Owen, it must be not only frustrating for you but also distressful for your future prospects with no real guidelines or overseeing body to guide the profession. 
I also know that it's frustrating for those of us who look for competent teachers to move us up from our current level to a higher practice. 

Think of any profession for the most part, they are regulated in some form.  A union or regulating body.  There is nothing here to certify anyone, but maybe it's time to think about something like this. 
Most professions have ladders to move up before attaining this certification, or full membership.  Apprenticeship, internship, training programs.... what have you.  If there were a governing body, this would be a much easier conversation to have. 
 

Owen Reich

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Re: Need help expanding my knowledge in Bonsai
« Reply #58 on: December 22, 2013, 06:01 PM »
I'm actually developing a website right now called BonsaiConnect to act as the foundation of a "Better Business Bureau", hub for gathering information about different bonsai professionals, and feedback loop for the bonsai community.  People can evaluate their experiences with vendors and professionals and share this with others easily.  A professional organization was pushed for I believe in the 70's or 80's but didn't take off.  Japan has a good model in some respects, but the sheer amount of landmass North America takes up is a big hinderance.  Thus, the Internet seems a good starting point. 

I am a firm believer in specialization for bonsai professionals.  I'm working towards that but will need a few years to do so.  The progression about is already happening but I feel there is too much x-over for many people including me.  This is a necessary evil at this time as the format of most workshops and diversity of a given collection requires a generalist.

Sorce, to answer your question, it would be best IMO to have vendor and bonsai professional separated.  Someone could be both.  Perhaps Professional Bonsai Instructor is a better term.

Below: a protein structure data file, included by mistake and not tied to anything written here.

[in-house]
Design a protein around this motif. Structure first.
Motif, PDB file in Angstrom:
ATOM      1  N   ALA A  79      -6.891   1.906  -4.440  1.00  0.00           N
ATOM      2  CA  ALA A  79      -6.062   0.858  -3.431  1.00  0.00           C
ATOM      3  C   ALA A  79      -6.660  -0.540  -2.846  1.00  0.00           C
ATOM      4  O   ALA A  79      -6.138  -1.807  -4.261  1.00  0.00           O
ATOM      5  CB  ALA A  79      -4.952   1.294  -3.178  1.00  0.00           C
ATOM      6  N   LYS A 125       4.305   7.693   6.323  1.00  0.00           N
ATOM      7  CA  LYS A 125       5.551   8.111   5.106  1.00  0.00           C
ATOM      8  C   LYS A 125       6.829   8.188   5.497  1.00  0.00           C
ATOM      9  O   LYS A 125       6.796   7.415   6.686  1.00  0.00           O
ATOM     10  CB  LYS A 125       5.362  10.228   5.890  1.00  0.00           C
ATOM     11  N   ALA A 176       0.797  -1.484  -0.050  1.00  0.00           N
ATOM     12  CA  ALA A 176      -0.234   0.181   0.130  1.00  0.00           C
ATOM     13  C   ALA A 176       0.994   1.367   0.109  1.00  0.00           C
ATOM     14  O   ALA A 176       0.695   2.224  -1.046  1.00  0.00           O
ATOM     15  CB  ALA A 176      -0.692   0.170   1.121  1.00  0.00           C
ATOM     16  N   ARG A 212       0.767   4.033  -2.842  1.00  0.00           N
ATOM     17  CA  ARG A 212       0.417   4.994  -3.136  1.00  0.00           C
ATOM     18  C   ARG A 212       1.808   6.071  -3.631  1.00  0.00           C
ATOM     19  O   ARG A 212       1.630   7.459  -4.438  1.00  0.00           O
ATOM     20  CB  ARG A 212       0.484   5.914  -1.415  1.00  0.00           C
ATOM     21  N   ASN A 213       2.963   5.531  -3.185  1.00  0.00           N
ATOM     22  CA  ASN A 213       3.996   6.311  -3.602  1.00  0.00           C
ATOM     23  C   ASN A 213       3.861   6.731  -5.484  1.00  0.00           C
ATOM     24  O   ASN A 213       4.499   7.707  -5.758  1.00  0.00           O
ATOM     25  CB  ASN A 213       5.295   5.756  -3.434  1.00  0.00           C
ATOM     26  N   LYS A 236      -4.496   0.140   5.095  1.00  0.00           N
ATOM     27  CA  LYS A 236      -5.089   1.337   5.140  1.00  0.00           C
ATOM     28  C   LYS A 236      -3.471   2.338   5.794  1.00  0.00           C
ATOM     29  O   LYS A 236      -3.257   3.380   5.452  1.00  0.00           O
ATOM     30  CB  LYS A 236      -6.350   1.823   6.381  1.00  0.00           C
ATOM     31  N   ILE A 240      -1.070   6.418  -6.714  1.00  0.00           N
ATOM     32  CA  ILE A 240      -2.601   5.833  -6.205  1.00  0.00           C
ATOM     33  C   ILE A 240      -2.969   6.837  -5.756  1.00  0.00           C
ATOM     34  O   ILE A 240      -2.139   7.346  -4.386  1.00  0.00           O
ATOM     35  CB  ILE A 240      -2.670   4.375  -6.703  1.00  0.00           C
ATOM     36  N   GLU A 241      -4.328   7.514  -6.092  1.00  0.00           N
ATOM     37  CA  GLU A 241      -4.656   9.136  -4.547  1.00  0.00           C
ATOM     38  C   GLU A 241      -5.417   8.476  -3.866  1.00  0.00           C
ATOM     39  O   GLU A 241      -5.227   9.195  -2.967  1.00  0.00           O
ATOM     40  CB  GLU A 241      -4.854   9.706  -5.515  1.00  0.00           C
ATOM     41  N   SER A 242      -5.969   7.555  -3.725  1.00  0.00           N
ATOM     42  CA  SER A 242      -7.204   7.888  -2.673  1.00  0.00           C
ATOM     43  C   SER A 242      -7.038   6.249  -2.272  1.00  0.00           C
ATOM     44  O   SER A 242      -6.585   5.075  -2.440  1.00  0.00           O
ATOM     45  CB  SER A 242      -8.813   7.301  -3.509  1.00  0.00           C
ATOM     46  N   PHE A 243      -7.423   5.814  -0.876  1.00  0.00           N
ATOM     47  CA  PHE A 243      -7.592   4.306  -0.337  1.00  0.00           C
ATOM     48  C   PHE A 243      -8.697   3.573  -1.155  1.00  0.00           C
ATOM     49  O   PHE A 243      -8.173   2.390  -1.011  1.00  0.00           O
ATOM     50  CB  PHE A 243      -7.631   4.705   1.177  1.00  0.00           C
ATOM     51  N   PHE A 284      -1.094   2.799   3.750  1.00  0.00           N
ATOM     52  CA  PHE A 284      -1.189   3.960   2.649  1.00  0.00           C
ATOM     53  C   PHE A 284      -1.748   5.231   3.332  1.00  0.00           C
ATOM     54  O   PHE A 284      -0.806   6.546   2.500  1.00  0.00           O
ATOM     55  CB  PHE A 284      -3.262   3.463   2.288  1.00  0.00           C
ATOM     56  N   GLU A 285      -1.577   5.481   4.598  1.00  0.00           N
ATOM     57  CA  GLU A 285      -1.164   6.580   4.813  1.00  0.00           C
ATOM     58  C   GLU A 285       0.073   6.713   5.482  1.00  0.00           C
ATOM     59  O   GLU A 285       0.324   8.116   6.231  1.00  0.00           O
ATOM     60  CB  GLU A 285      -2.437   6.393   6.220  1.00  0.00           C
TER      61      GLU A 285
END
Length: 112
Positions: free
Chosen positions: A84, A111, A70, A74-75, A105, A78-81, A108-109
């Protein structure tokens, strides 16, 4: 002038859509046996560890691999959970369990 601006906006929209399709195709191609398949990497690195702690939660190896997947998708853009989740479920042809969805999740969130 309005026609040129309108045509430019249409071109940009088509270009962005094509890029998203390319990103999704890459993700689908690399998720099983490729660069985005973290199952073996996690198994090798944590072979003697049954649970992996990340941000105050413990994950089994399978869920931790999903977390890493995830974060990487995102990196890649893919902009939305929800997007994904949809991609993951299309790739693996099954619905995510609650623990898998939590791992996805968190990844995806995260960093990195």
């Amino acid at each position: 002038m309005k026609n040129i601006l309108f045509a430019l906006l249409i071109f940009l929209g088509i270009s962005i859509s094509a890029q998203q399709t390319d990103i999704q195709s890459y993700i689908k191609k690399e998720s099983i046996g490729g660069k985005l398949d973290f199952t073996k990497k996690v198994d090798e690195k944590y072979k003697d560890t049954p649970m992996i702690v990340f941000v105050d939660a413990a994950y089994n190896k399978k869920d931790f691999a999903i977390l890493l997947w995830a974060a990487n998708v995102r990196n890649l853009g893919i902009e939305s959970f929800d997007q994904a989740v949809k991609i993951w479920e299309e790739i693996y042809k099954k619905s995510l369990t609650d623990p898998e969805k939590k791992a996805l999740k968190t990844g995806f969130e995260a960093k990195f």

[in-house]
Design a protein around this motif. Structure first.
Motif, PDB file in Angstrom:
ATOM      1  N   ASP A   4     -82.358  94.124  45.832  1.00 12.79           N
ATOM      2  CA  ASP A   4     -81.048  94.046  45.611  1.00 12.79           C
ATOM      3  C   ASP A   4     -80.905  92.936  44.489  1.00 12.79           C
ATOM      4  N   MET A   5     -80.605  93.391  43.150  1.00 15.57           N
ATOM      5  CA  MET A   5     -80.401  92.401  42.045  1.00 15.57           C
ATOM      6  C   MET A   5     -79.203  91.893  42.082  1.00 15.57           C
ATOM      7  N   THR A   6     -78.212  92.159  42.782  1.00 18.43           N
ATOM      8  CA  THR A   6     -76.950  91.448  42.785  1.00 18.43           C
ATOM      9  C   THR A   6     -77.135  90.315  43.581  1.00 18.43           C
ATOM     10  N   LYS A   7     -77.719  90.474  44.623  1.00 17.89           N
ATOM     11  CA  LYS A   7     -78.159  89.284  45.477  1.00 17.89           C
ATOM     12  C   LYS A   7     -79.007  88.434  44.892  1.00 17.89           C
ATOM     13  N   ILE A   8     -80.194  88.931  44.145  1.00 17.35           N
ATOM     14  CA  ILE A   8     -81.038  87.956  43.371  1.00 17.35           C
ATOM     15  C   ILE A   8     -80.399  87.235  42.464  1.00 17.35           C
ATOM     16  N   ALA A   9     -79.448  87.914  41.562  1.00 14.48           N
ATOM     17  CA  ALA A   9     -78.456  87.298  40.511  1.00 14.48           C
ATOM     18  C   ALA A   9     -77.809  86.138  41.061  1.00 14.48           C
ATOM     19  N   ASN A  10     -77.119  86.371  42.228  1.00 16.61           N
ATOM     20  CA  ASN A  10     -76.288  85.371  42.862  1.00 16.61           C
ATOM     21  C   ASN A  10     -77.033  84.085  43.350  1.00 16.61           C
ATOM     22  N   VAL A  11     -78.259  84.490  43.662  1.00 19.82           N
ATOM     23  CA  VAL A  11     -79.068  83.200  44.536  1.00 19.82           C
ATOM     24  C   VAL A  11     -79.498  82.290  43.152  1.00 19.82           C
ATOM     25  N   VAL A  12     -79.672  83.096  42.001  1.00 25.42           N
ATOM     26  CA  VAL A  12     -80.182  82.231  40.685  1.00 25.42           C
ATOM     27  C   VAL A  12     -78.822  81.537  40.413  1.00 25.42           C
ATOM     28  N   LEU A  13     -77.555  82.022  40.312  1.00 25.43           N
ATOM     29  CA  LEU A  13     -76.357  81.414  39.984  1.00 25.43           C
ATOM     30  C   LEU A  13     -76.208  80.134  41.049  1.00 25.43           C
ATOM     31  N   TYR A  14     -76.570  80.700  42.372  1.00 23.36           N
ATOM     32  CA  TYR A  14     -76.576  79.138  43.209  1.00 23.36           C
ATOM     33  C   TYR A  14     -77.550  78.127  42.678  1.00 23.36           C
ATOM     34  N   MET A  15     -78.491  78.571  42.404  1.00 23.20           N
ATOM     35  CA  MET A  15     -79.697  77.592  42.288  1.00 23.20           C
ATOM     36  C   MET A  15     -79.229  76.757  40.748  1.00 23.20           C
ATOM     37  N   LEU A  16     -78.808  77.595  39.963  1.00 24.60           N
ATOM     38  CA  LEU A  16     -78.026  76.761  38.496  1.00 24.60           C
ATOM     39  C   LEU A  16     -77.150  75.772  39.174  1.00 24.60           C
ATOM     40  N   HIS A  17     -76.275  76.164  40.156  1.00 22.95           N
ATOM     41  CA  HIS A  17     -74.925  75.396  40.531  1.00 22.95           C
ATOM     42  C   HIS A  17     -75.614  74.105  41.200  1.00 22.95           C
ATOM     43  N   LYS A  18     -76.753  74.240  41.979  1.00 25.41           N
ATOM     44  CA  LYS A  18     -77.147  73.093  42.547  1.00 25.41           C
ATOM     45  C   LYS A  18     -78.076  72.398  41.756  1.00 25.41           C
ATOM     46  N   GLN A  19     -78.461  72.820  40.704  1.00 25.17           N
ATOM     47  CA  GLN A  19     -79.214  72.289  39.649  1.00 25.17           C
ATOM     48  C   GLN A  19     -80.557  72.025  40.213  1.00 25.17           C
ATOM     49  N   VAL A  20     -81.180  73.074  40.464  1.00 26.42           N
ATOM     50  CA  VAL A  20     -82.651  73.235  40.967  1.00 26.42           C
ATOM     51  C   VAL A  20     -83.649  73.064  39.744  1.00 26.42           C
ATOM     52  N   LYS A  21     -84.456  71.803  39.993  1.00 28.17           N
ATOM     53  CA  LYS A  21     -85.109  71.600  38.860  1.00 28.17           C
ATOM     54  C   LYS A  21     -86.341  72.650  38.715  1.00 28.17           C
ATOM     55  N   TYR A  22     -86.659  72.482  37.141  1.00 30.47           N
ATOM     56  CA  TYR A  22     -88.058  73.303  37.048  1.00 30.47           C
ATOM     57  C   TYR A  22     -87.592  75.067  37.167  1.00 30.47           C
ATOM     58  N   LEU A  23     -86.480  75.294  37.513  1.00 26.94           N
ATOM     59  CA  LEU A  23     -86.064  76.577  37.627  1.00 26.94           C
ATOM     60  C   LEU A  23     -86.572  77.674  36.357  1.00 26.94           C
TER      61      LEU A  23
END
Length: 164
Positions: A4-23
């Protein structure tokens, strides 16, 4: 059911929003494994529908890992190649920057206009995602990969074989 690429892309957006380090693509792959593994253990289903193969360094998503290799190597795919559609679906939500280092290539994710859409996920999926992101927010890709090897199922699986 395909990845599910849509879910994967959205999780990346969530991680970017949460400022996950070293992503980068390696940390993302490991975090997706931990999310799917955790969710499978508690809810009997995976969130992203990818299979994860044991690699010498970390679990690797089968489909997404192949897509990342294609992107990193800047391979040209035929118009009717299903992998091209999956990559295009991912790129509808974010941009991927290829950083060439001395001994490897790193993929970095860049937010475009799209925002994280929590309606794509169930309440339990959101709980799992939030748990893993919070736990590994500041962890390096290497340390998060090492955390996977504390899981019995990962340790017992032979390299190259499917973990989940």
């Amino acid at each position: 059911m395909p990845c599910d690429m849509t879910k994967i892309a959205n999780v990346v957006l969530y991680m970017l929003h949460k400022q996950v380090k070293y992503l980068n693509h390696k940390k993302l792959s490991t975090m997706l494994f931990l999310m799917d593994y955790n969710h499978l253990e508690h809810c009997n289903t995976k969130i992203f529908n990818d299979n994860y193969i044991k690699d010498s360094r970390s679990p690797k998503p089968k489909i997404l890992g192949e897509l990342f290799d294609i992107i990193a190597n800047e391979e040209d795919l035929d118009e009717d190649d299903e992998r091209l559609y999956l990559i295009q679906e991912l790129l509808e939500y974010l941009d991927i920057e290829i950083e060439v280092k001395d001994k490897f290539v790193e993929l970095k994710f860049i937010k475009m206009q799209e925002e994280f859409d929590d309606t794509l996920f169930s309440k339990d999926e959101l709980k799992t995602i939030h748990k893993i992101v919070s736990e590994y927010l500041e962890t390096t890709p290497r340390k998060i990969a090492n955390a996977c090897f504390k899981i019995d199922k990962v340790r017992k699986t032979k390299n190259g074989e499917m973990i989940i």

Many bonsai professionals are contacted by people interested in a more devoted path towards improving their skills in America and this is a good sign.  Having a place for them to go and do so is a challenge.  There are programs out there that have proven effective.  In my case, I can't see having someone work with me full time and travel constantly too.  Those bonsai professionals "well rooted" at home are better suited for this. 
 

pwk5017

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Re: Need help expanding my knowledge in Bonsai
« Reply #59 on: December 22, 2013, 07:26 PM »
Owen, that was going to be the point I made, but I chose not to respond at first. I suppose I am now. I think structured specialization is something that would greatly improve the system as a whole. If I were a professional in the Bonsai industry, the only way I could survive would be to sell seedlings, sell stock, sell finished bonsai, sell pots, sell tools, sell wire, host workshops, have an intensive program, and possibly travel doing demos. Some people have done well, and have specialized to a certain extent, but I can only think of a handful of people in the entire country that are at that level. For the rest of the professional community, being everything and anything is what puts food on the table. Part of the issue is the demand for the art(however, I think this is ever increasing), and part of the issue is a lack of a cooperative system. If you are a practicing bonsai professional who chooses to specialize in styling and refinement, where do you get your material from? It seems like Ryan Neil has a bit of this system working in his favor. He has his specialty, and Randy Knight has his specialty. The synergy allows for a successful operation to grow. Part of your problem with some of the current professionals is what I outlined in the beginning. How can they do everything I listed, and do it at a high level? That would be a very talented and gifted individual to be able to handle the entire process at the "master" level. Chances are, they are great at one area of the art, and mediocre at all the rest, but the support system--or lack thereof--forces them to do things they would prefer not to do. Your proposition sounds like a step in the right direction. A collaborative network of professionals in this country would benefit each other as long as they were able to form their own specializations, or exist in their own territories. The logistics involved with our country vs Japan makes for a difficult comparison, but I think there are some key takeaways to glean from their successful professional structure. Collaboration and specialization are among the top.